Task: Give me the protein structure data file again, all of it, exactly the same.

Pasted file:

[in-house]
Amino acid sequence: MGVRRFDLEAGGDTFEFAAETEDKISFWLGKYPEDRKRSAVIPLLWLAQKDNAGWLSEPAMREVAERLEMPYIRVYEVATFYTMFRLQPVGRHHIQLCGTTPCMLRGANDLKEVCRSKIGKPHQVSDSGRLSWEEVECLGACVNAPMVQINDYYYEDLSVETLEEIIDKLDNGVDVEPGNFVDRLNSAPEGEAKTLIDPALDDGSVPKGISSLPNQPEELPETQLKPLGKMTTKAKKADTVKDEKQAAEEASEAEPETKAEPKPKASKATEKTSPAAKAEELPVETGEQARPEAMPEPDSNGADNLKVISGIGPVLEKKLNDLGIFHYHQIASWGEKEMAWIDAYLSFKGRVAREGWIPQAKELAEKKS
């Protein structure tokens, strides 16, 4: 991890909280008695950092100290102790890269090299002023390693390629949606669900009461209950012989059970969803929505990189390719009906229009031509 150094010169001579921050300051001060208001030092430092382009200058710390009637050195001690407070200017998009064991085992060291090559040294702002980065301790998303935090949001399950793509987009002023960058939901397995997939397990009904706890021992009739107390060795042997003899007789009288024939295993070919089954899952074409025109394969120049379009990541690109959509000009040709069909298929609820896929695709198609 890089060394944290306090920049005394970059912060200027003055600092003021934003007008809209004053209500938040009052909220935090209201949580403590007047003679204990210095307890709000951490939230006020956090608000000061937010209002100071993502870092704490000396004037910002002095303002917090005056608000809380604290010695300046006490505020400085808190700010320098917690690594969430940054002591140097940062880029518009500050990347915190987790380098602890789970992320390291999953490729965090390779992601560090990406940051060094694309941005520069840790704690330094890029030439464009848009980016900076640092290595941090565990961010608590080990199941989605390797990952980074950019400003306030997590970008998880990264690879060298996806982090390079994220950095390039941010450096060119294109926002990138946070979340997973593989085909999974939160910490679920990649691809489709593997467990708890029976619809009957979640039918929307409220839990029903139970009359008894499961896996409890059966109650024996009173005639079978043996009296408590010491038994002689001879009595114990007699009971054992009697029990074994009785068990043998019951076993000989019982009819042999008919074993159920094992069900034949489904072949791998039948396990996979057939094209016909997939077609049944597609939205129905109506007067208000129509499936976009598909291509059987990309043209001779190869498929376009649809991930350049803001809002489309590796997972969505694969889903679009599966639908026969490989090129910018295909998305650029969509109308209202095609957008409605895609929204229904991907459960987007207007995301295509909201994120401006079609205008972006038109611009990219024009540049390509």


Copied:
[in-house]
Amino acid sequence: MGVRRFDLEAGGDTFEFAAETEDKISFWLGKYPEDRKRSAVIPLLWLAQKDNAGWLSEPAMREVAERLEMPYIRVYEVATFYTMFRLQPVGRHHIQLCGTTPCMLRGANDLKEVCRSKIGKPHQVSDSGRLSWEEVECLGACVNAPMVQINDYYYEDLSVETLEEIIDKLDNGVDVEPGNFVDRLNSAPEGEAKTLIDPALDDGSVPKGISSLPNQPEELPETQLKPLGKMTTKAKKADTVKDEKQAAEEASEAEPETKAEPKPKASKATEKTSPAAKAEELPVETGEQARPEAMPEPDSNGADNLKVISGIGPVLEKKLNDLGIFHYHQIASWGEKEMAWIDAYLSFKGRVAREGWIPQAKELAEKKS
């Protein structure tokens, strides 16, 4: 991890909280008695950092100290102790890269090299002023390693390629949606669900009461209950012989059970969803929505990189390719009906229009031509 150094010169001579921050300051001060208001030092430092382009200058710390009637050195001690407070200017998009064991085992060291090559040294702002980065301790998303935090949001399950793509987009002023960058939901397995997939397990009904706890021992009739107390060795042997003899007789009288024939295993070919089954899952074409025109394969120049379009990541690109959509000009040709069909298929609820896929695709198609 890089060394944290306090920049005394970059912060200027003055600092003021934003007008809209004053209500938040009052909220935090209201949580403590007047003679204990210095307890709000951490939230006020956090608000000061937010209002100071993502870092704490000396004037910002002095303002917090005056608000809380604290010695300046006490505020400085808190700010320098917690690594969430940054002591140097940062880029518009500050990347915190987790380098602890789970992320390291999953490729965090390779992601560090990406940051060094694309941005520069840790704690330094890029030439464009848009980016900076640092290595941090565990961010608590080990199941989605390797990952980074950019400003306030997590970008998880990264690879060298996806982090390079994220950095390039941010450096060119294109926002990138946070979340997973593989085909999974939160910490679920990649691809489709593997467990708890029976619809009957979640039918929307409220839990029903139970009359008894499961896996409890059966109650024996009173005639079978043996009296408590010491038994002689001879009595114990007699009971054992009697029990074994009785068990043998019951076993000989019982009819042999008919074993159920094992069900034949489904072949791998039948396990996979057939094209016909997939077609049944597609939205129905109506007067208000129509499936976009598909291509059987990309043209001779190869498929376009649809991930350049803001809002489309590796997972969505694969889903679009599966639908026969490989090129910018295909998305650029969509109308209202095609957008409605895609929204229904991907459960987007207007995301295509909201994120401006079609205008972006038109611009990219024009540049390509």